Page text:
We reject the first resolution because it is not the proper function of this court to be performing correct Wright Line analyses in the first instance. Instead, the Board has the "primary responsibility" for striking an appropriate balance between permissible and impermissible employer motivations. NLRB v. Malta Constr. Co., 806 F.2d 1009, 1010 (11th Cir. 1986) (emphasis added). Further, additional hearings may need to be held in order to complete the gaps in the present record. We reject the second method because we believe it to be somewhat unfair to let a company avoid an unfair labor practices charge on the basis of slipshod enforcement, especially when the evidence points to a potential labor violation. On the whole, we believe that the third approach is the fairest under the circumstances. Accordingly, we REMAND with instructions.5

On remand, the Board must explicitly comply with Wright Line's three phases of proof as outlined by this circuit in United Sanitation Service. First, the Board should determine, in light of all of the evidence fairly found in the record, including that evidence opposed to the ALJ's position, whether the General Counsel showed "by a preponderance of the evidence that a protected activity was a motivating factor in the [Company's] decision to discharge [the eight nursing assistants]." See 737 F.2d at 939. If the Board answers this first question in the affirmative, the Board must then determine whether or not the Company's evidence about the missing call light bulbs establishes "as an affirmative defense that [the Company] would have discharged the [nurses] ... regardless of the protected activity." See id. Finally, the Board may consider any evidence proffered by the General Counsel showing that the Company's explanation is pretextual in that the reason either did not exist or was not in fact relied upon. See id.

We remind the Board that a fully developed discussion of the facts, as well as the correct application of the governing legal standard to those facts, is essential to this court. This court may enforce the Board's order only on the basis of the reasoning within that order. NLRB v. Episcopal Community, 726 F.2d 1537, 1540-41 (11th Cir.1984). Moreover, only a thorough disposition by the Board enables this court to properly review a Board order to determine whether we can "conscientiously find that the evidence supporting that decision is substantial, when viewed in the light that the record in its entirety furnishes, including the body of evidence opposed to the Board's view." Universal Camera, 340 U.S. at 488, 71 S.Ct. at 465.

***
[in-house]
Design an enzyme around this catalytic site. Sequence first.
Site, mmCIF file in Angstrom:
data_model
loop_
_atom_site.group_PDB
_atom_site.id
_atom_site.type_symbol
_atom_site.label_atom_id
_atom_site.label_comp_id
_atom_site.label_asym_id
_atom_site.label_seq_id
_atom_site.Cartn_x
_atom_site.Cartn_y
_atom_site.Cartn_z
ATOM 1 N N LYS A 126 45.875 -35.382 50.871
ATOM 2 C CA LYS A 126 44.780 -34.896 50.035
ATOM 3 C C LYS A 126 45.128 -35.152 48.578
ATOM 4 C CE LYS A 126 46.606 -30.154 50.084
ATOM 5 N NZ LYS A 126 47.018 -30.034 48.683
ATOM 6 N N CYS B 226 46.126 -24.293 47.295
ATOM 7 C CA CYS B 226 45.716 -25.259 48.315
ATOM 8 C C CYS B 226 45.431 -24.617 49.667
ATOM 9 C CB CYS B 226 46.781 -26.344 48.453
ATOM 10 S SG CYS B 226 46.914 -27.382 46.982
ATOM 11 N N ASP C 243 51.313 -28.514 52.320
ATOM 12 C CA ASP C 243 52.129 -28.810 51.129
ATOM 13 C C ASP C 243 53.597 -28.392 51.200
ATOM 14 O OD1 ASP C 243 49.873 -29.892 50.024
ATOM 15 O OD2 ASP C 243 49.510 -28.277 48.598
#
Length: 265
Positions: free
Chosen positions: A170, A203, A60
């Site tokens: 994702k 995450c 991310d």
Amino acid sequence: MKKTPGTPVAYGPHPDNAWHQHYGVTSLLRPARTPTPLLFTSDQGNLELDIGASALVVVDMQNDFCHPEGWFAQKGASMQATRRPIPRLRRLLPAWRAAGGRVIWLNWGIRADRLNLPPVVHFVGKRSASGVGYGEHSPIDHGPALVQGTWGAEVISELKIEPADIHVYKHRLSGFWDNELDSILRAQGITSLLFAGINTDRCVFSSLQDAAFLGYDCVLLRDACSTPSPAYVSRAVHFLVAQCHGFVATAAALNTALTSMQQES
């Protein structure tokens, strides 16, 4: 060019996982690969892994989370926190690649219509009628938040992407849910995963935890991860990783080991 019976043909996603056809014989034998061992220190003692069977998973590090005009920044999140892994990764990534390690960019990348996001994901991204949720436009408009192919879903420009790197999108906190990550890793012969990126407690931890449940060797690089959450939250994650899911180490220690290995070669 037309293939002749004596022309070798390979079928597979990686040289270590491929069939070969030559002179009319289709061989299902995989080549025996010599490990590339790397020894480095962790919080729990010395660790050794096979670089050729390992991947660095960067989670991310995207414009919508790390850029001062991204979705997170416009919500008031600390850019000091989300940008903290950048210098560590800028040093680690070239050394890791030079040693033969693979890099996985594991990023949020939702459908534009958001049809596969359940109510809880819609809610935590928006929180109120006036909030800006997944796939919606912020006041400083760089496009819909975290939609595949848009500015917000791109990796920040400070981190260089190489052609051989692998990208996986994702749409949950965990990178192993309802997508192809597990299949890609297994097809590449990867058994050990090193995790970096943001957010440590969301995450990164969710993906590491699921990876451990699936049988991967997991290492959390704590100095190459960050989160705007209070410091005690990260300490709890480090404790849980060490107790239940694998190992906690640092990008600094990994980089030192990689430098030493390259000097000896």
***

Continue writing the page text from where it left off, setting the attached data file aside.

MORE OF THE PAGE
Although we may not override the Board's choice between two fairly conflicting views, NLRB v. Southern Florida Hotel and Motel Ass'n, 751 F.2d 1571, 1579 (11th Cir.1985), we may require that the Board's process of choosing be supported by articulate, cogent, and reliable analysis. In this case, we cannot be sure that such a process was followed. Accordingly, we decline to enforce that portion of the Board's order dealing with the discharges of the eight nursing assistants and remand for further proceedings consistent with this opinion.



1. Call light bulbs are rubber, ball-like devices used by the patients to indicate that they are in need of assistance. When patients squeeze the call light bulbs, lights outside their rooms are illuminated, notifying the staff.
2. There is evidence that one of the bulbs was burned off its cord with a cigarette.
3. The Company has only challenged the findings regarding the discharges of the nursing assistants. The ALJ made other findings, which were also affirmed by the Board. For example, the complaint asserted that the Company engaged in various acts of illegal interrogation of employees. The ALJ sustained some of these allegations and dismissed others. These other findings are entitled to summary affirmance. See United Sanitation, 737 F.2d at 938 n. 1.
4. "[A]n employer, absent anti-union motivation, may discharge an employee for good reason, bad reason, or no reason without violating the labor law. Union membership is not a guarantee against discharge." NLRB v. Southern Florida Hotel and Motel Ass'n, 751 F.2d 1571, 1579 n. 11 (11th Cir.1985) (citation omitted).
5. A similar remand was made in United Sanitation Service. See 737 F.2d at 939, 941.